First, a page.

Changing Family Dynamics: The family has traditionally provided the physical and social support necessary to age well. However, the family has changed, leaving an uncertain future for many older people. Fertility has dropped precipitously nationwide.
Where the parents of the baby boomers had 3.9 children on average, baby boomers had only 1.9 children—and births have continued to decline. The total fertility rate—an estimate of the number of babies a woman will have over her lifetime—has generally remained below the “replacement” level of 2.1 since 1971, reaching a record-low in 2019.9
Consequently, there are simply fewer children to provide care and support to aging parents. Even those who do have kids cannot be sure that their adult children will find economic opportunity near home. Many parents in middle age urge their children to seek opportunity in distant cities and states, only to find themselves without family nearby as they grow older. While the new older clients may perceive themselves as resourceful and tech-savvy, their propensity to live longer and better is tempered by both a changing social reality and the rise of new demographic challenges.
The Jobs of Longevity
The eminent marketing theorist Theodore Levitt argued that consumers do not buy products or services per se, but rather hire those products and services to do a specific ‘job.’ Levitt’s often-cited example is the drill. Do consumers really go out to buy a drill because they want to own one, or because they want to drill a hole in the wall? Owning a drill (or any product or service) isn’t the objective—it’s simply a means to accomplish a job. The closer a product or service can get to satisfying a customer’s job, the more valued it is. The most value is derived when consumers perceive what is offered as a comprehensive solution to their needs. Longevity and the context of living longer present new jobs that must be planned for, financed, and ultimately accomplished. Consider just a few challenges for living longer better:
Making Transitions: The effect of longevity on the phenomenon currently known as retirement is evolving. Given that lifespans are rapidly increasing and the traditional concept of old age seems more distant, the need for income, social connections, and a reason to get up in the morning has persuaded many to extend their work life by continuing at the same job as always, switching to a new company, shifting to part-time, or even changing careers. Transitioning from one’s old career to another full-time position or another profession altogether requires planning. While financial implications must be considered, so too must education, technological training, and other unique requirements that may be necessary to make a change, say, from engineer to high-school math instructor.
Managing Health and Wellbeing: Financing healthcare is often discussed as a key factor in financial planning. Average costs typically guide preparation, but hardly anyone is average, or even close to it. Age brings a higher risk of chronic diseases, such as heart disease, cancer, and diabetes—the nation’s leading drivers of healthcare costs. According to the Centers for Disease Control, six in 10 adults in the U.S. manage one chronic disease, while four in 10 have two or more.10 Any one, two, or three-plus conditions will multiply the cost of healthcare in older age. Poorly managed conditions could also jeopardize plans to work longer—the most commonly cited strategy to extend retirement savings. Moreover, the cost of ensuring quality of life while managing multiple conditions is far greater than that of the basic healthcare necessities that are reimbursed by insurers.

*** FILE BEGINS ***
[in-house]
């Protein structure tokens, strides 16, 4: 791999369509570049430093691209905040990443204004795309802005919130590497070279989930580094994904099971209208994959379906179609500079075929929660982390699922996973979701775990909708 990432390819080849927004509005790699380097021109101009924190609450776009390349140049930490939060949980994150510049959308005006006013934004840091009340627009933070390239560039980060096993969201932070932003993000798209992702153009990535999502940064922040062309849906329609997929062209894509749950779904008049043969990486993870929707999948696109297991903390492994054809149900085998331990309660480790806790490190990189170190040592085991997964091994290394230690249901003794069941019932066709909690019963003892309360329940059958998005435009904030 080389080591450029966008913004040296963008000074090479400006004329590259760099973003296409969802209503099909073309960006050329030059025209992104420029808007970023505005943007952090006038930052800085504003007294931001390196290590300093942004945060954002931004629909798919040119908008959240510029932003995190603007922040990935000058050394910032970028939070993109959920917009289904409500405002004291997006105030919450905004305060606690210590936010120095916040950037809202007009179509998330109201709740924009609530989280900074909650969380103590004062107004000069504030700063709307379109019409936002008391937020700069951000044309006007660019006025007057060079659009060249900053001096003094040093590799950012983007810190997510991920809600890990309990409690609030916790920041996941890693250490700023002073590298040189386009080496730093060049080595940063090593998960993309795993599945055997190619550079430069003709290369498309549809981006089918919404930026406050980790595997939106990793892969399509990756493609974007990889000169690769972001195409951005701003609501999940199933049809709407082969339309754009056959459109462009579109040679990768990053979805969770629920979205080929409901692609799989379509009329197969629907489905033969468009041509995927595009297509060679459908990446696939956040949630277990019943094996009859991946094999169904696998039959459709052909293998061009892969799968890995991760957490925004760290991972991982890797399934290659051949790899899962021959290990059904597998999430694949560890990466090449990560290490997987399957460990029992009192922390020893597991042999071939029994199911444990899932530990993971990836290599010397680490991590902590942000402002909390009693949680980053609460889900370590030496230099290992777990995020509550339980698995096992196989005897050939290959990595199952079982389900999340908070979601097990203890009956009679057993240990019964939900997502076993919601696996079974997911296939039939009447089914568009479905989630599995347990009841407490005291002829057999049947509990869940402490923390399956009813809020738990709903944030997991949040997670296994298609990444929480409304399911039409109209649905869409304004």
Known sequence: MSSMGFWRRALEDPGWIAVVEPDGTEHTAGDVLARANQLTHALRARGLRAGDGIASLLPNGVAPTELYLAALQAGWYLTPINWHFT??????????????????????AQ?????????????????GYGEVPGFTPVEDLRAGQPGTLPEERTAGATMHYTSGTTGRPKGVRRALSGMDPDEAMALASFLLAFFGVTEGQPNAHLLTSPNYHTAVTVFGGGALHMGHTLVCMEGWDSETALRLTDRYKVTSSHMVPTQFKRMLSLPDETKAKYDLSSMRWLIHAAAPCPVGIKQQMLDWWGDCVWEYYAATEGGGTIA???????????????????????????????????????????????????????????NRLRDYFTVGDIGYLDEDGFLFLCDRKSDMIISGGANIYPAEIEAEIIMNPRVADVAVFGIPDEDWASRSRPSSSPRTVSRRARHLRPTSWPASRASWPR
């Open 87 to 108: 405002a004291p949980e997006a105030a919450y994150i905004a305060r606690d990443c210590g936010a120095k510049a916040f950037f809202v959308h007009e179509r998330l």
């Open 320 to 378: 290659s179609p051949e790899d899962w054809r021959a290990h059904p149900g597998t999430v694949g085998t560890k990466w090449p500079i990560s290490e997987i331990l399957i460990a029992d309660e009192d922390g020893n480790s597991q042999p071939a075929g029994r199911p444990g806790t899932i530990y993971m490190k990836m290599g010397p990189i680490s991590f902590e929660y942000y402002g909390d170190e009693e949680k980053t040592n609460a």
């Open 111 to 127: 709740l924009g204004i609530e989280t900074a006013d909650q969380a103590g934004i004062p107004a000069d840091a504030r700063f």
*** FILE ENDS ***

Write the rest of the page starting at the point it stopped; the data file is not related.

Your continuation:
Providing Care: For more and more people, informal caregiving is crucial to promoting quality of life in old age. Nearly 42 million Americans were providing unpaid care to an adult age 50 or older in 2020. Informal caregiving can be as simple as a phone call or an occasional ride to the store, or as painstaking as ensuring that medications are taken correctly and bills are paid. An older adult’s typical caregiver is female; an adult child, spouse, or partner.11 That caregiver juggles the challenges of managing her own life and those of loved ones, a complex mix that includes life, work, children, marriage, and eldercare.
Living at Home: Where to live in older age is rarely discussed or planned. While some consider beaches and fairways, relatively few ever make the move to sunnier climates. Even those who wish to downsize must think beyond the vacation vision of retirement to consider what kind of home they can afford, as well as where best to live as their needs change with age.
Currently, most adults age 55 and older intend to stay in their current home for as long as possible, which is often the house that represents their marriage, mortgage, and memories.12 However, staying home presents challenges of its own. Faced with increasing frailty, distant or no children, or even living alone, how does one maintain one’s home?
Performing even such a mundane activity as changing a light bulb can be a hassle—or worse, a hazard. If driving is not a comfortable or safe option, how can older adults ensure seamless transportation to where they need to go, let alone where they want to go?
As difficult as it may be for couples to maintain a home in advanced age, it is even more problematic for those who age alone. Lifestyle choices, an unprecedented high divorce rate among the 50-plus, and widowhood have resulted in 27% of Americans age 60 and older living in solo households— especially women.13